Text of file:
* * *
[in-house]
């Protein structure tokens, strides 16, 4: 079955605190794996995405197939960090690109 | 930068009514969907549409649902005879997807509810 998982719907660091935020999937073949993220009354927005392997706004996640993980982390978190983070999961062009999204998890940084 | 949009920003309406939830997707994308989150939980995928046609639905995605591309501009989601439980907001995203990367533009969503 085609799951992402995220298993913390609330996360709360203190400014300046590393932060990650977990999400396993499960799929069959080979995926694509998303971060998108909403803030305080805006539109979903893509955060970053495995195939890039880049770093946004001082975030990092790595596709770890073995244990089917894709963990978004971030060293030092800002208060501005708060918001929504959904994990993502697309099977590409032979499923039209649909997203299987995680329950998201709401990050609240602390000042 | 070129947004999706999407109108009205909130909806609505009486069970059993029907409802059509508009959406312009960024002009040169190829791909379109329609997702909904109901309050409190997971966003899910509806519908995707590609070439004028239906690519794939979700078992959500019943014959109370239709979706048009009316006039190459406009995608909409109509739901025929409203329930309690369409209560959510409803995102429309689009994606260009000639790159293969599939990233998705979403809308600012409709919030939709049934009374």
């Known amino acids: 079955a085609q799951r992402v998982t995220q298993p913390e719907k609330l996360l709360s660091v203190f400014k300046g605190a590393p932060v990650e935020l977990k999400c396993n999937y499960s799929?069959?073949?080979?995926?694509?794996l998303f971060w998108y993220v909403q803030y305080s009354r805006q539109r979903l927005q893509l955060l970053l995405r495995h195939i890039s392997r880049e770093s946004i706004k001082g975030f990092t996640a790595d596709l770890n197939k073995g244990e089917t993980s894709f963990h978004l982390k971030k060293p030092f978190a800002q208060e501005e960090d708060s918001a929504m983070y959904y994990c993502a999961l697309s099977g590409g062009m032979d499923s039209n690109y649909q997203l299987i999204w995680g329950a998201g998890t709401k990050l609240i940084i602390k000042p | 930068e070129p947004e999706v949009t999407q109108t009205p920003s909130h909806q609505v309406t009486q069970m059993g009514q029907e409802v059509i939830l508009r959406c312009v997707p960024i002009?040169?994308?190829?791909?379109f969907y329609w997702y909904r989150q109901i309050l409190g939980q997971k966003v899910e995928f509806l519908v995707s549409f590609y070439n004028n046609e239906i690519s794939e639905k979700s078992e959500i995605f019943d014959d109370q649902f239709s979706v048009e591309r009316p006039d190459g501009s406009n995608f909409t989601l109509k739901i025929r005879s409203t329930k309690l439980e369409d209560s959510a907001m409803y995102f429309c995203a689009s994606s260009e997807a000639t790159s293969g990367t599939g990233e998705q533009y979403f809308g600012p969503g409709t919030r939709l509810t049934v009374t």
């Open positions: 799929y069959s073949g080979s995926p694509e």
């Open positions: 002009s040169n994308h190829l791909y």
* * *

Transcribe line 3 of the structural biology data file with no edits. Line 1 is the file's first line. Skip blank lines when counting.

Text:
């Known amino acids: 079955a085609q799951r992402v998982t995220q298993p913390e719907k609330l996360l709360s660091v203190f400014k300046g605190a590393p932060v990650e935020l977990k999400c396993n999937y499960s799929?069959?073949?080979?995926?694509?794996l998303f971060w998108y993220v909403q803030y305080s009354r805006q539109r979903l927005q893509l955060l970053l995405r495995h195939i890039s392997r880049e770093s946004i706004k001082g975030f990092t996640a790595d596709l770890n197939k073995g244990e089917t993980s894709f963990h978004l982390k971030k060293p030092f978190a800002q208060e501005e960090d708060s918001a929504m983070y959904y994990c993502a999961l697309s099977g590409g062009m032979d499923s039209n690109y649909q997203l299987i999204w995680g329950a998201g998890t709401k990050l609240i940084i602390k000042p | 930068e070129p947004e999706v949009t999407q109108t009205p920003s909130h909806q609505v309406t009486q069970m059993g009514q029907e409802v059509i939830l508009r959406c312009v997707p960024i002009?040169?994308?190829?791909?379109f969907y329609w997702y909904r989150q109901i309050l409190g939980q997971k966003v899910e995928f509806l519908v995707s549409f590609y070439n004028n046609e239906i690519s794939e639905k979700s078992e959500i995605f019943d014959d109370q649902f239709s979706v048009e591309r009316p006039d190459g501009s406009n995608f909409t989601l109509k739901i025929r005879s409203t329930k309690l439980e369409d209560s959510a907001m409803y995102f429309c995203a689009s994606s260009e997807a000639t790159s293969g990367t599939g990233e998705q533009y979403f809308g600012p969503g409709t919030r939709l509810t049934v009374t």